Canada·CBC Investigates

After 6-month wait, cheques land on doorstep of sick Ontario worker

Mitch LaPrade has been fighting the WSIB for 11 years, arguing his chronic lymphocytic leukemia (CLL) was caused by exposure to a carcinogen called benzene. The highest level of Ontario’s workers’ compensation system ruled in his favour last fall, but his cheques only arrived this week after a CBC investigation.

Mitch LaPrade fought an 11-year battle to prove his cancer was tied to benzene exposure at work

Mitch LaPrade stands on the porch of his home in Long Sault, Ont., holding two envelopes from Ontario's WSIB, the result of an 11-year battle for a workers' compensation claim. (Submitted by Mitch LaPrade)

Mitch LaPrade was sleeping when the packages arrived — a daily necessity because of his extreme lack of energy in the afternoons. His wife woke him up with the news. 

Upon opening the mail, 14 cheques fell out — each for a different amount, with no explanatory paperwork or indication as to how Ontario's Workplace Safety and Insurance Board (WSIB) had arrived at the total.

"The FedEx guy just tossed the brown envelopes on our front porch," said LaPrade, who lives in Long Sault, Ont.

LaPrade has been fighting the WSIB for 11 years, arguing his chronic lymphocytic leukemia (CLL) was caused by exposure to a carcinogen called benzene, a chemical in the solvents he used to clean the presses at the printing company he'd worked for two decades.

The cheques from WSIB are for loss of earnings (LoE), one of the forms of compensation to which injured workers are entitled, which pays out 85 per cent of a worker's take-home wages. LaPrade became too sick to work in 2006.

I didn't do this for the money; I did it because my life is ruined and no one is accountable.- Mitch LaPrade

But with no supporting documentation in the package, LaPrade says he has no indication as to how the WSIB made its calculation — and whether he can keep it all.

After he stopped working, LaPrade received employment insurance and a disability pension. But now that he's been granted workers' compensation, rules say he may have to pay back those amounts.

"It's still not my money," LaPrade said of the cheques, as he expects to now have to dedicate a significant portion of the funds to paying back the government.

Vindicated after a decade

Although LaPrade has fought for these payments for more than a decade, he said he can't help but think about how the early years of his illness could have been far less stressful if he'd been compensated sooner.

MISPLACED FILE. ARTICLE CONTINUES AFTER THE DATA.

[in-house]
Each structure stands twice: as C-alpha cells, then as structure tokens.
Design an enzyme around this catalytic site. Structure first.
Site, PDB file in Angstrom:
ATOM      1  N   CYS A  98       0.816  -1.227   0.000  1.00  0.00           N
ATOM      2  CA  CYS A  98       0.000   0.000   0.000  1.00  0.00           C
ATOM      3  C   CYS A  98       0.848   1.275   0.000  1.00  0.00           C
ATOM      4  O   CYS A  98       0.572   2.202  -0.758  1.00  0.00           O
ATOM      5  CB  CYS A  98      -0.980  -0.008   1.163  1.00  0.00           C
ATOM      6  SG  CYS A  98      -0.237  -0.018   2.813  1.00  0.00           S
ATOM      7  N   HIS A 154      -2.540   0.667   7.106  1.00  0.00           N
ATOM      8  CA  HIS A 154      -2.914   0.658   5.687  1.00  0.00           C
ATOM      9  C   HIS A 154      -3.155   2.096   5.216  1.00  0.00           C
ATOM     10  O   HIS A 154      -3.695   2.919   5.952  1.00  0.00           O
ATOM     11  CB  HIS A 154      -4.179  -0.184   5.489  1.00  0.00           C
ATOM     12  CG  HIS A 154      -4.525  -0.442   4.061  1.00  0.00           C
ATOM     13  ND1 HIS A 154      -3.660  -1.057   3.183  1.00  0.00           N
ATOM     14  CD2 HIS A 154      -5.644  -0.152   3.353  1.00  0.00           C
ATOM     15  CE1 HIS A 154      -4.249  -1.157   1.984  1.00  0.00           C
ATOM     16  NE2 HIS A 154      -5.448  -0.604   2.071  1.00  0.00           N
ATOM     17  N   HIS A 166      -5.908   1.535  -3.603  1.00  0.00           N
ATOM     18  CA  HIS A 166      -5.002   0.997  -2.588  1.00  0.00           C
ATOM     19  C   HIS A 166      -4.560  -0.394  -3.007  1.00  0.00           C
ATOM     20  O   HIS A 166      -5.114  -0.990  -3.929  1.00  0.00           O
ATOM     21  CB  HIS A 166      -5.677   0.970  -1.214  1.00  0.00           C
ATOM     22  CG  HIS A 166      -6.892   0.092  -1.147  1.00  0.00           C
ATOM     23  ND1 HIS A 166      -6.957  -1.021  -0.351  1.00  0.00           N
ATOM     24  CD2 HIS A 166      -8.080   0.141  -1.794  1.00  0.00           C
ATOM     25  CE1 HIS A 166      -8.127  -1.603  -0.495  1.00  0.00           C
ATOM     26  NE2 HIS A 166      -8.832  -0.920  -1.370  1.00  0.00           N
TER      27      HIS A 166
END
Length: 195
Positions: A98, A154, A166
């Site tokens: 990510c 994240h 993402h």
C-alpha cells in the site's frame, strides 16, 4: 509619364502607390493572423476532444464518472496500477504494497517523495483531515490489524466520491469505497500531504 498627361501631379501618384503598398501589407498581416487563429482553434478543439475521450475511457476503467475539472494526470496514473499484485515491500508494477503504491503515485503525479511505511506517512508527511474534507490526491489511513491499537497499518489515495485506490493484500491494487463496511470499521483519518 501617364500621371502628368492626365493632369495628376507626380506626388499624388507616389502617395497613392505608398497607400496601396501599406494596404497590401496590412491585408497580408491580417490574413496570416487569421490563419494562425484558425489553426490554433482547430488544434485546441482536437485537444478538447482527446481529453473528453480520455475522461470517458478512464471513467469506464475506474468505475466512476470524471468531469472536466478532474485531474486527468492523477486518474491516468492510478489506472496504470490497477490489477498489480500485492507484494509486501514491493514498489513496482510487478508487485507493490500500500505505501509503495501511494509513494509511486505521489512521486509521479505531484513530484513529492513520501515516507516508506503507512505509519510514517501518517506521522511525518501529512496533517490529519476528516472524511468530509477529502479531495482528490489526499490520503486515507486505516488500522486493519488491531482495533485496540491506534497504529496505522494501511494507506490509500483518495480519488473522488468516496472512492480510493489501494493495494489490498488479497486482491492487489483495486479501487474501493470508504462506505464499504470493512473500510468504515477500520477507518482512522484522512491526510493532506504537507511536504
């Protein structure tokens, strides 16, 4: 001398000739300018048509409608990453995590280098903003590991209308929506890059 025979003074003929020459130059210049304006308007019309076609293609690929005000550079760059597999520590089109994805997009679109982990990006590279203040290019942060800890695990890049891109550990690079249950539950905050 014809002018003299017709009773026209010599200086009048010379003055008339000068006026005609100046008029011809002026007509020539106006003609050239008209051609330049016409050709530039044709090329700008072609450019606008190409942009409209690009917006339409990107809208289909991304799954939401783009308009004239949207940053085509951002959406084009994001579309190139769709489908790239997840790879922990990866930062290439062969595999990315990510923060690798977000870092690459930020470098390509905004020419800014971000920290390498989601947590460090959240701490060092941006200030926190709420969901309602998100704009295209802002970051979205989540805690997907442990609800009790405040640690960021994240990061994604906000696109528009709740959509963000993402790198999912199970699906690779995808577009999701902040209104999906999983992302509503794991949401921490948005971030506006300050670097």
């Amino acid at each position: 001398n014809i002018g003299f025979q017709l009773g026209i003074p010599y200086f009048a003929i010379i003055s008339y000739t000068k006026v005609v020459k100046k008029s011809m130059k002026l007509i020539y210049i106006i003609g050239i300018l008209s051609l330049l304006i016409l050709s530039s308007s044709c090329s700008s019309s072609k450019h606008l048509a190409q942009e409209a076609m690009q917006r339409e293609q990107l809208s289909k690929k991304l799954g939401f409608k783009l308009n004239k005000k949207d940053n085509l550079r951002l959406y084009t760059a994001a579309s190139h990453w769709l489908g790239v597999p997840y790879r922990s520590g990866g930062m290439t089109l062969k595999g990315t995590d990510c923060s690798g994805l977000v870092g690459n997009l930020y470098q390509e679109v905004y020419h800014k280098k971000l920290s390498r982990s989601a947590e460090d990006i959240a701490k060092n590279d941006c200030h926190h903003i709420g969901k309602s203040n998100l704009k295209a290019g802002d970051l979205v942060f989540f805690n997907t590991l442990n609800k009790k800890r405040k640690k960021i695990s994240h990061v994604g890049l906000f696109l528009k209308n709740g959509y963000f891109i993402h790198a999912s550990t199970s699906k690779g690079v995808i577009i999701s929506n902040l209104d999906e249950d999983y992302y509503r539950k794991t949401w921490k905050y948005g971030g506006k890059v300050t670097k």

"When I got sick, I didn't know where I was going or what I was going to do," he said. "I got to a point where I couldn't work anymore. And so here I was, 45 years old, with a Grade 12 diploma. That doesn't get you much in the workplace."

Mitch LaPrade waits with wife, Peggy Bigelow, at the Ottawa Hospital to receive chemotherapy. (CBC)

He said the cheques feel like a slight vindication — that he didn't do all this fighting for nothing. But he admits there is a lingering feeling that they've come too late.

"I can't even spend this money," said LaPrade. He is far too fatigued to do the things he used to love, like golf and travel.

"I didn't do this for the money; I did it because my life is ruined and no one is accountable."

When contacted by CBC News, the WSIB declined to comment, citing privacy concerns.

Different rules for different jobs

LaPrade's lengthy battle with the WSIB was outlined earlier this week in a CBC News investigation, which revealed that while LaPrade was continually denied compensation, the board implemented legislation that automatically compensated firefighters if they fell ill with the same disease because of toxins they're exposed to on the job.

LaPrade took his case to the highest level of Ontario's workers' compensation system, the Workplace Safety and Insurance Appeals Tribunal. It ruled in his favour last November.

LaPrade's lawyer, Bernadette Clement, called the now-57-year-old's six-month wait for compensation "not uncommon."

While the tribunal's decisions are independent and final, she said the decision is passed back down to the WSIB to implement and it often results in further delays.

"It's bureaucracy and it's frustrating and it's happening to workers who are not well," she said. "There is a lot of anger and frustration. They feel their lives are so damaged by the work injury and then [they're] revictimized by the whole process."